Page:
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One of the exercises I use most something we call the “OIC” (short for “Outcome, Intentions, Consequences”). This process looks to understand the intention of what you are doing now. After all, any behaviour has a positive intention, doesn’t it? On Monday night, we were reviewing how to lead someone – a client, direct report or even friend – through this process. The participant who ‘volunteered’ for the demonstration was getting “annoyed” by how long it took her to get to work. For many of us, the typical response is to empathise, to acknowledge that catching the subway to work can be annoying, and then maybe to give suggestions.

And that’s fine. That response is a choice.
Except that for many people, it’s the only ‘choice’ they have. And if you’ve only got one response, you don’t have a choice, do you?

By applying OIC, we were able to discover that what they really wanted was to experience ‘reflection’ and ultimately a sense of ‘calm’ that she couldn’t quite describe. And while doing the state of “annoyed” wasn’t giving her the results she wanted, her higher intention was very clear! By the end of the short exercise, instead of dreading or perhaps tolerating, our client was looking forward to her next trip to work.

This is a simple example of the sort of changes we do throughout our NLP Practitioner training. And since we have quite a few people interested in getting the benefits of the finest NLP training available in English in China (and we believe, in Asia!) we have decided to offer another training before the end of the year.

This will be your last chance to join our intimate, personalised and profoundly transformative experiences for the next six months. So please check your calendar for the weekends of:

  • 31 October – 3 November, and
  • 7 – 10 November

As usual, we intend to offer these sessions on Friday evenings, all-day Saturday and Sunday, and Monday evenings, so you don’t need to take any time off from work.

Well-formed Outcomes: Smarter than ‘SMART’

19 Dec 13

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New Year is a wonderful opportunity to reflect on how far we’ve come and where we want to go next. Many people will set ‘new years resolutions’. That they will break within weeks. If not days. There are many tips (eg here) on how to get better results. Here I want to focus on how we can use NLP in this context.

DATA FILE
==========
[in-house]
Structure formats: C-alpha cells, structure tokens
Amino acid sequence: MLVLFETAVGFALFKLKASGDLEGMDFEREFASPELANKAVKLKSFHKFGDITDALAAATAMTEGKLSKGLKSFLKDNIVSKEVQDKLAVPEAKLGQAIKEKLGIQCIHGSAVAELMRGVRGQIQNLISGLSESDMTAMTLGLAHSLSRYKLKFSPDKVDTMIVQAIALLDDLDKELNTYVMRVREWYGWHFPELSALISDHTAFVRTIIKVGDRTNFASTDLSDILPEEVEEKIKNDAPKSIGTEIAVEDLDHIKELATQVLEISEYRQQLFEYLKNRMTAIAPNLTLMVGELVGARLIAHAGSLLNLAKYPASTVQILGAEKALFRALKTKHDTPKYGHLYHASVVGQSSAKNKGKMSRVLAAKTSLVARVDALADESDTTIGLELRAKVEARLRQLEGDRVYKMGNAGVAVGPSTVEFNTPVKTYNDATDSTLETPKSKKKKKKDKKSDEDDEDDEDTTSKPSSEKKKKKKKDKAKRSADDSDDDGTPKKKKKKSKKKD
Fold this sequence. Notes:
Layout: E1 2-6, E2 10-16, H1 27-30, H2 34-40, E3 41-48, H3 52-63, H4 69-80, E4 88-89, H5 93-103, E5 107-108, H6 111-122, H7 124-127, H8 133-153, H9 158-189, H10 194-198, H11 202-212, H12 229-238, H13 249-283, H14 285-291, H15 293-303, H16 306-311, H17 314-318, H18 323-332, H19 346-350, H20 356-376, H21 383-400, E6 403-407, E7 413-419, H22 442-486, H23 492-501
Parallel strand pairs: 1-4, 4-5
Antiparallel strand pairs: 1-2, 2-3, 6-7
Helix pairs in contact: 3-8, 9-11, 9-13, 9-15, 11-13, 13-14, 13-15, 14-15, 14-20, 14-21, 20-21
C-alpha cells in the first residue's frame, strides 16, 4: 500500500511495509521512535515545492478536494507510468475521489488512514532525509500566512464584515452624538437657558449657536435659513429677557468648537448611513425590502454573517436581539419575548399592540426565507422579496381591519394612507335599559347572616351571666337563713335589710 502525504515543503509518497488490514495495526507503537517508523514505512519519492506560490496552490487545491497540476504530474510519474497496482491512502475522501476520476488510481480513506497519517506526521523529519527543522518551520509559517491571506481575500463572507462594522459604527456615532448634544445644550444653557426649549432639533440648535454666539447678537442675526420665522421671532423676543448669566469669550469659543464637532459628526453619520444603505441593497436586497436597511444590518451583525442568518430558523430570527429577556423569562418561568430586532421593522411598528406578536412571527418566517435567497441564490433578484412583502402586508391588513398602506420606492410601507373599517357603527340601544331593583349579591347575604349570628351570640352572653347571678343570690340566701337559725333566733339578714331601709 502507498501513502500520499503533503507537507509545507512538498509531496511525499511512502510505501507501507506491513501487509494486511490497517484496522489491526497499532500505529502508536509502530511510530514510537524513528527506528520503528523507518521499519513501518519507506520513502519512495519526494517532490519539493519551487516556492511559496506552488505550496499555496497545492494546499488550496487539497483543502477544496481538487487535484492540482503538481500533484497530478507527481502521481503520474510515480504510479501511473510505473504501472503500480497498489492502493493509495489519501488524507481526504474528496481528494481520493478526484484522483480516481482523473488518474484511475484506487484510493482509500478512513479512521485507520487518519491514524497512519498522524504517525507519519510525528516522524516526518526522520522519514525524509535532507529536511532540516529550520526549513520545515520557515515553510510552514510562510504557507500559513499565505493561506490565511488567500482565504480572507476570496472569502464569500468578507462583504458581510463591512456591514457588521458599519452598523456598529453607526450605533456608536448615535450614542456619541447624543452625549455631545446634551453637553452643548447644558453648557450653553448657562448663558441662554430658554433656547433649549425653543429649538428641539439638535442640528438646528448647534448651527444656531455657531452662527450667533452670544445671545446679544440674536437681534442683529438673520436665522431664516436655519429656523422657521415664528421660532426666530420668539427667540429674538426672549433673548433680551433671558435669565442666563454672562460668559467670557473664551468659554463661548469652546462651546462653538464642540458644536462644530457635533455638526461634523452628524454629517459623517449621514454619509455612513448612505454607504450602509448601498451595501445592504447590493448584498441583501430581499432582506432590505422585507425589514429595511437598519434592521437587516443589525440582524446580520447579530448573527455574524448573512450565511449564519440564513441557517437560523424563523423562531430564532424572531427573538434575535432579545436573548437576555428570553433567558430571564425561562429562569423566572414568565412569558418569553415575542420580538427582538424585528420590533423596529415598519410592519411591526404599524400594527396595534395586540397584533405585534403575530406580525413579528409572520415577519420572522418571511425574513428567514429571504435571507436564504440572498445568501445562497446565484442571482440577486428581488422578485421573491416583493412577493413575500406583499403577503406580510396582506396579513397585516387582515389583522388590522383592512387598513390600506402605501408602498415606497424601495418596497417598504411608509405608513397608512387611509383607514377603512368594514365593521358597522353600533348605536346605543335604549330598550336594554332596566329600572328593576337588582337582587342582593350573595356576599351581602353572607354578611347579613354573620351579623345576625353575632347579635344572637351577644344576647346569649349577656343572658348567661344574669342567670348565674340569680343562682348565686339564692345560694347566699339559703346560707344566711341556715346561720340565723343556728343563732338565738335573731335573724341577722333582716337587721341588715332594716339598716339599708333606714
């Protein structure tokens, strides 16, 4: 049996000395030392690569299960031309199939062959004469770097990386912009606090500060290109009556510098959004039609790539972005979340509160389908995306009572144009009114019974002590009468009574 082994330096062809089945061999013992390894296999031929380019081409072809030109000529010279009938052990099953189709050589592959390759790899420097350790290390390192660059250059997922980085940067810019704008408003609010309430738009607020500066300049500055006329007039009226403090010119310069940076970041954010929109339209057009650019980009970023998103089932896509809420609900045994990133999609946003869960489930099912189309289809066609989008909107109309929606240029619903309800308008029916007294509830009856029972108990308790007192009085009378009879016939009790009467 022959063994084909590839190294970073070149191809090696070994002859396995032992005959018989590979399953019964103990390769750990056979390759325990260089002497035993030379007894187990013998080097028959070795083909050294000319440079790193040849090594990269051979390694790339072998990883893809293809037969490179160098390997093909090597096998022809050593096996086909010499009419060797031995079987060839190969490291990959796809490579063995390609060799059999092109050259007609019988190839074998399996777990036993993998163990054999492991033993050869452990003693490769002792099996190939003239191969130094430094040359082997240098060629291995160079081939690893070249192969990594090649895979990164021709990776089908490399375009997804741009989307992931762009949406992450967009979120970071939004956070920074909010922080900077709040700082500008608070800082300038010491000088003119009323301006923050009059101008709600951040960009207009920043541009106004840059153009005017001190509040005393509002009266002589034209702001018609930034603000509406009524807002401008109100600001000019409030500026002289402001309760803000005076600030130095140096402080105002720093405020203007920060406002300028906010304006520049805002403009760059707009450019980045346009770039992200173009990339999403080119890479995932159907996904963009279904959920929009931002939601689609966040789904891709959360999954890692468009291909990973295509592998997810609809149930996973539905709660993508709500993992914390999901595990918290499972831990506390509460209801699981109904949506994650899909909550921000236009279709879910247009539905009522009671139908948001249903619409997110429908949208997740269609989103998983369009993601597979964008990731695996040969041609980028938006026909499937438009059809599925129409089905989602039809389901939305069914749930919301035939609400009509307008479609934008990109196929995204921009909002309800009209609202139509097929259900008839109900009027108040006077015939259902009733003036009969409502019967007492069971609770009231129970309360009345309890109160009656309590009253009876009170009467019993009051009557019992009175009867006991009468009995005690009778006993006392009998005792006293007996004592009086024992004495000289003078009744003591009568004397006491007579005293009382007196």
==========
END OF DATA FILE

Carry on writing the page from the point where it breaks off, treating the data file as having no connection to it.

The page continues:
1. What do you want, specifically? When?
    Make sure you state the outcome as something that you want (rather than something that you don’t want). If you’re striving to eliminate something – whether it’s sugar, smoking or success – phrase the outcome as something that you want. For example, “Consistently enjoy coffee without sugar” or “To be free from the habit of smoking” or “To earn $x000 in 2014″. Big goals are great here – provided you feel you can reach them or at least can act as if you can.
  2. How will you know when you’ve got it?
    Make it measurable: What’s your evidence procedure for reaching your outcome? What will you see? What will you hear? What will you feel, smell or taste? Do you want to go for a week without sugar in your coffee? Do you want to go for 30 days (or more) without smoking? Will you have a work contract for earning that amount – or will the money be in your account? If you want to have a better relationship, how specifically will you know?
  3. Can it be done?
    Setting big goals is a great thing. The bigger the goal, the more inspiring it can be, and the harder you are likely to work. Provided you believe that it can actually be done. I like to talk about making things here possible on two levels: Objectively and subjectively. Objectively achievable means that it is physically possible for that to be done. Subjectively achievable means that you believe that you can do it. While there are few things as inspiring as a big goal, there are few things as disinspiring as an impossible one.
  4. What resources do I have?
    What would I like to have? What could make this easier/ more enjoyable/ more congruent with the rest of what I’m doing?
  5. When, specifically, do you want to reach your outcome?
    And once you’ve set that date, what are the steps to take working back to today?
  6. What do I want that for?
    What is my intention for being/ having/ doing/ experiencing that? While a goal can be a good thing, they often point to things that are even more important – and that sometimes can be even easier to enjoy.
  7. How does it impact your life as a whole?